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    • 1 Second Ago
  • 26 Comments
      • 4 Years Ago
      It will be interesting to find out more, but this still could be a clutched ISG (IMA in Honda-speak) with a second, larger motor in line in addition to the ISG?

      The competitor to watch out for is not Honda, but Ford. Their Gen3 HEV and PHEV with lithium batteries will be in production in 2012. Ford's Michigan Assembly Plant will have the capability to produce gasoline, HEV, PHEV, and BEV's on the same flexible line in whatever mix the customers are demanding. Ford hasn't released a lot of details yet, but they have been in a mode of "underpromise and overdeliver" lately, and it seems to be working.

      Hopefully we'll know more as the manufacturers roll out the products they will be showing at the North American International Auto Show. If the Honda PHEV is there, they should have more technical details available.
      • 4 Years Ago
      Well, it sounds like it could be alright. It really depends on the price. I still think it's going to be very difficult to sell PHEVs that aren't EREVs (don't have any useful zero-emissions range). The argument that you can do without gas doesn't apply and so you only have the gas savings to sell it by and if people do the math on the gas savings, they'll find they probably are better off just buying a non-PHEV Prius.

      I'm not saying the vehicle doesn't have a use, it just doesn't really have a hook and I think that'll make it difficult to sell to a customer.
        • 4 Years Ago
        The Focus gets 40mpg highway with a 2 litre DI engine, this has the same with atkinson cycle and hybrid so should be hitting 45 mpg combined minimum, along with 4,000 electric miles a year (340 charges) and should be putting out something like 250hp

        This would be a single vehicle which you could commute without using any oil during the week, then use a few gallons on weekend trips and should mean the owner uses about 250 gallons a year

        • 4 Years Ago
        It has 10-15 miles of electric range on level ground and at less than highway speeds.

        Unless you baby this thing, the gas engine will turn on before 10 miles, even if it shuts right back off after.

        A 6kW pack is terribly small for this thing, unless they have a special pack with higher power density, they're going to have low performance on electricity only. Kind of like a Prius, but not as bad.
        • 4 Years Ago
        What about Brake Regen while in electric mode, this may extend the electric miles as well.
        • 4 Years Ago
        It makes more sense to use electricity to displace 'city' miles as they tend to be closer to more people and generally vehicles get much lower city mpg than highway.

        I assume Honda are smart enough to have a battery that can power the motor enough to make it useful.

        The 1.4 kWh battery of current hybrids can put out ~30kW, so 120kW for a 6kWh battery should be no problem.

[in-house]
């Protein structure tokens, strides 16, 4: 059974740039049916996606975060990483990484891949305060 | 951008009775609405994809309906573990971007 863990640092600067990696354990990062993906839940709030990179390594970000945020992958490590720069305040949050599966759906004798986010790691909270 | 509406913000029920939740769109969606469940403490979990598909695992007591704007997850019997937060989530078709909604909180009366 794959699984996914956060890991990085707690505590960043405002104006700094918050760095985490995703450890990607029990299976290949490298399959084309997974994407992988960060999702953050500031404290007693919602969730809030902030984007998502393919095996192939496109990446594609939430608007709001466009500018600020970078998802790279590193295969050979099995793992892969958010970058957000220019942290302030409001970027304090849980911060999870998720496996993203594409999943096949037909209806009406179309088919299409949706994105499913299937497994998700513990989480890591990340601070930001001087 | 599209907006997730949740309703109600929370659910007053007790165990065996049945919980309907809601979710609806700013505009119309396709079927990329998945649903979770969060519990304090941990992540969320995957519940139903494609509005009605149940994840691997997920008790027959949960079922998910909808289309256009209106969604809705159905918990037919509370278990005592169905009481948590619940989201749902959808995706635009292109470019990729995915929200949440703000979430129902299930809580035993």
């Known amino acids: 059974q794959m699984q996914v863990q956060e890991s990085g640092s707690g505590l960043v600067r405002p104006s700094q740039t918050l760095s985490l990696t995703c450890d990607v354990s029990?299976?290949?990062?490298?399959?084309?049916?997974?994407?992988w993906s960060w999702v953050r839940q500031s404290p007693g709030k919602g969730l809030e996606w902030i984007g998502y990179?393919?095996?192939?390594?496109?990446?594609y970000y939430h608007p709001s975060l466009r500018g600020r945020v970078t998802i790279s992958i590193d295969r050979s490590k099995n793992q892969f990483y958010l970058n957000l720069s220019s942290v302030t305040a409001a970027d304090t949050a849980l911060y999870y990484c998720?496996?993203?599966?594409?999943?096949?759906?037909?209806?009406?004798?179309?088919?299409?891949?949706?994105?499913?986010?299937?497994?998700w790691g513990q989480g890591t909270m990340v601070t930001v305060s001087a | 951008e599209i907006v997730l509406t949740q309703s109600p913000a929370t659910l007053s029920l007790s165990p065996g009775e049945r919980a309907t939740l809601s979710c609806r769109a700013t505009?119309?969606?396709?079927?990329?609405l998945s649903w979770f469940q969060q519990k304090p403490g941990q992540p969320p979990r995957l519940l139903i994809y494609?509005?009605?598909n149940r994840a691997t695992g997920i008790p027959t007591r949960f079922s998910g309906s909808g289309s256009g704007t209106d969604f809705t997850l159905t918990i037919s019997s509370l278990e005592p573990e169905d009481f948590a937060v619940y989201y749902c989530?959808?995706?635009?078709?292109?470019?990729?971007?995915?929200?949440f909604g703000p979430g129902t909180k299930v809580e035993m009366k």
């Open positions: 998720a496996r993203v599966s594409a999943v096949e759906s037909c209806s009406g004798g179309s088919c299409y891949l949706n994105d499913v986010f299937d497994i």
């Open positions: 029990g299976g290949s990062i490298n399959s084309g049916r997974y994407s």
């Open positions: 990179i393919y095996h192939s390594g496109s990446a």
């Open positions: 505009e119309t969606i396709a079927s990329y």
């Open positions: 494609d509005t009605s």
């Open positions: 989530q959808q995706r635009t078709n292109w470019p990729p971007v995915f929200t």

• 4 Years Ago
        10-13 miles of electric range, and then MPG that is mediocre in the shadow of what the Prius can achieve makes for a pretty unappealing package.

        If the MPG was good ( as in the case with the Prius ), well, that's sort of forgiveable. But i doubt it.

        They can only win on price and brand image alone ( which has been eroding ... ), unless Honda has some vastly improved hybrid technology they haven't been telling us about.

        ( yeah right...! )
        • 4 Years Ago
        It's got 10-15 miles of electric range, which is fine for Europe and the Far East.
        Even for the US the marginal utility of that range is very high, as the cost is lower than a 40-mile range car, and you would use all of it every day, whereas you might not go 40 miles minimum each and every day and so not get the most use out of your expensive battery pack.
        As an insurance policy it also works, as an awful lot of people would be able to do at least their essential mileage oil-free, and so in the event of oil supply disruption would be secure.
        That security is worth good money, if it means potentially making sure you can keep your job.
      • 4 Years Ago
      "The Fit EV will be powered by a lithium-ion battery and coaxial electric motor. The high-density motor, **derived from the FCX Clarity fuel cell electric vehicle**, delivers excellent efficiency and power while remaining quiet at high speeds."

      LOL! At least they got something useful out of that big Honda fuel cell program!
      • 4 Years Ago
      If internet converters are correct, this 120 kW electric motor is the equivalent to 160 HP. That's a Big Improvement from the 15 hp Insight.

      What are the dimensions of that battery? Can it be dropped into an Insight?
        • 4 Years Ago
        Oh and i'll be nice. People also associate GM cars with being good until 1970.
        • 4 Years Ago
        That is, unless you are okay topping out at < 10mph up a hill. lol
        • 4 Years Ago
        Thanks, I guess.
        That mean's I'll have to wait for an after market solution.
        If that ever happens...
        • 4 Years Ago
        haha, dimensions be damned, if it's gonna power a 120kw motor, the pack is gonna run at a massively higher voltage than the insight's, so that's a problem right off the top.

        The other problem would be programming the Insight IMA to make use of all that battery power.